How to remove a director of a company in South Africa?
24 August 2016

– Summary

There are strict rules to follow when removing a director without consent, this article will help you understand to process involved.

Directors of South African Companies can step down voluntarily (i.e. resign) or can be removed without their co-operation/consent.

This article will deal specifically with the removal of directors without co-operation/consent (i.e. by force) and the correct procedures to be followed in such circumstances.  If these procedures are not followed then the removal is unlawful and can be challenged by the aggrieved director.

In all cases, a change of directors in South Africa law requires that the incoming/outgoing directors should be registered with the Companies and Intellectual Property Commission (“CIPC”).

If a director resigns they will complete certain documentation including a CR2 form.

Removal of a company director without his consent or without his co-operation must be done following the provisions of the Companies Act, 2008 (“the Act”).

These provisions apply to anyone that holds a position of “director” in a company, whether that position is held formally or informally.

 

Removal by the Board of Directors

 

The Board of Directors may remove a director if he/she has been neglecting or has been derelict in the performance of his/her functions, the procedure to be followed is:

  • An allegation against one of the directors is made.
  • The remaining Board of directors must agree to the adoption of a resolution confirming its desire to remove the director in question.
  • The Board must prepare a notice to the accused director containing the following:
    1. The proposed resolution for removal.
    2. A statement explaining why the resolution is being proposed with sufficient detail to enable the director to respond appropriately.
  • The accused director must be allowed to make representations to the remaining board of directors in person or through a representative.
  • Thereafter, the removal must be confirmed by an ordinary resolution (over 50%).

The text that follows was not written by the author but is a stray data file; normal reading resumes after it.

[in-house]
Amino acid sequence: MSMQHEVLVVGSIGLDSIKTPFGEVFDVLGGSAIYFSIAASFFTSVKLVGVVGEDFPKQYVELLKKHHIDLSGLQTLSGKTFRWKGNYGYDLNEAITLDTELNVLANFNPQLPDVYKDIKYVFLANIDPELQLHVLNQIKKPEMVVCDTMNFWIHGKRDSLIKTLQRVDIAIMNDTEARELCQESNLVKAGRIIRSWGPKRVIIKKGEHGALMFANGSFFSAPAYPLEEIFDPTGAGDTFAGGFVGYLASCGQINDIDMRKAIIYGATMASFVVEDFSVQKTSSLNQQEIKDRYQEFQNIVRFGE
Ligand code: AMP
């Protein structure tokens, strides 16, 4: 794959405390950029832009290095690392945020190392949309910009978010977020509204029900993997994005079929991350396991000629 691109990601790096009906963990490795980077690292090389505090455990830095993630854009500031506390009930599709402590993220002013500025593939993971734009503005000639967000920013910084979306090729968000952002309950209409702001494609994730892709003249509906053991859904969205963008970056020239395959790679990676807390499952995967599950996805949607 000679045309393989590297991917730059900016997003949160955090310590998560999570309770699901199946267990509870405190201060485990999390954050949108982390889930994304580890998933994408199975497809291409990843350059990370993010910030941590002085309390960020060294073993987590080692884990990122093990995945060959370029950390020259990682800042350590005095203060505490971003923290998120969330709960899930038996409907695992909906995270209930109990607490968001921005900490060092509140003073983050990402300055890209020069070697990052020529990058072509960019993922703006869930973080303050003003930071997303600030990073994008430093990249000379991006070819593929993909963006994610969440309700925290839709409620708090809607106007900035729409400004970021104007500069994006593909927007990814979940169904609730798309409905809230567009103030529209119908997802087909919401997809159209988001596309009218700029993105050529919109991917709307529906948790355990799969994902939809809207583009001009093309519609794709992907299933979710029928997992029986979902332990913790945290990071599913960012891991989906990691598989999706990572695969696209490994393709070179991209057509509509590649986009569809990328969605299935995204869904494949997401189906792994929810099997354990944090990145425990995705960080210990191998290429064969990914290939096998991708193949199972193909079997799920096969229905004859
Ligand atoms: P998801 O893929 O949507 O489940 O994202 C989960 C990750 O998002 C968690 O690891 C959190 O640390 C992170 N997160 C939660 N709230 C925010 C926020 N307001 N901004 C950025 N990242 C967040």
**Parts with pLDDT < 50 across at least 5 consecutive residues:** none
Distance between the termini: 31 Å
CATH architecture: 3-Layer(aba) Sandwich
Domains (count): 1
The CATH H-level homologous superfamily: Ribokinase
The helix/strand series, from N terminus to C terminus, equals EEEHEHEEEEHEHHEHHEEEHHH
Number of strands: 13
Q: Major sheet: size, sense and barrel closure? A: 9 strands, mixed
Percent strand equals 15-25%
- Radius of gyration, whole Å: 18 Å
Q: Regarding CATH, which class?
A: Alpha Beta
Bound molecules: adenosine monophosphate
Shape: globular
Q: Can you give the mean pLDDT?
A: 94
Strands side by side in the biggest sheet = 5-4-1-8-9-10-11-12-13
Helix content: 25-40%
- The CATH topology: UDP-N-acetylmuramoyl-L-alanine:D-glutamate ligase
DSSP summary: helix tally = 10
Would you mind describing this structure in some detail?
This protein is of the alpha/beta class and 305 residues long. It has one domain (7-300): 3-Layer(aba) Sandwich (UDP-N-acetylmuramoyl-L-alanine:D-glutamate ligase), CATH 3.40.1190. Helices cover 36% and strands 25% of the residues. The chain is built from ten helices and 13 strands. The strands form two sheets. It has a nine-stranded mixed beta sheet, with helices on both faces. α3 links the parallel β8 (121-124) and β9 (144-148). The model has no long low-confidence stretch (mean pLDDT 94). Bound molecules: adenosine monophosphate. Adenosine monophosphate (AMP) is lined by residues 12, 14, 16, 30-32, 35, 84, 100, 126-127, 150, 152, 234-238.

The board of directors may remove a director, provided there are more than 2 directors, on one of the following grounds:

  • The director is disqualified or is no longer eligible to be a director in terms of the Act (e.g. declared insolvent and not yet rehabilitated; convicted of a crime of trust – theft, fraud, forgery, etc.).
  • The director is incapacitated and he/she is unable to perform his/her functions as a director, and he/she is not likely to regain such capacity within a reasonable period.

Removal by the Shareholders

The Shareholders of a company may remove a director at a shareholders meeting with an ordinary resolution (over 50%).

  • There are no specified grounds which need to be relied on to remove a director.
  • Shareholders may remove a director regardless of a provision in the contained in the company’s Memorandum of Incorporation (“MOI”) to the contrary; this shareholders’ right also supersedes an agreement between the company and a director and even an agreement between any shareholders and a director.
  • The Shareholders must provide the director with notice of the meeting and a copy of the proposed resolution for removal.
  • The director must be allowed to make representations to the shareholders before the resolution may be considered.
  • Thereafter, the removal must be confirmed by an ordinary resolution (over 50%).

Removal in terms of the Memorandum of Incorporation (“MOI”):

As stated above the Act supersedes any provision in an MOI; any agreement between the company and a director and even an agreement between the shareholders any shareholders and a director.

Get a Shareholders Agreement now

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If you have a company or if you are starting a company you should have a Shareholders Agreement.

DISCLAIMER: THERE ARE MORE CONSIDERATIONS THAN WE CAN COVER IN THIS ARTICLE SO ONLY USE THIS INFORMATION AS A GUIDE.   THIS INFORMATION DOES NOT CONSTITUTE LEGAL ADVICE.  IT IS ALWAYS BEST TO DISCUSS YOUR SITUATION WITH AN ATTORNEY; CONTACT US AT 0861 88 88 35helpdesk@gcm-legal.com AND THROUGH THE CONTACT FORM ON THIS PAGE.

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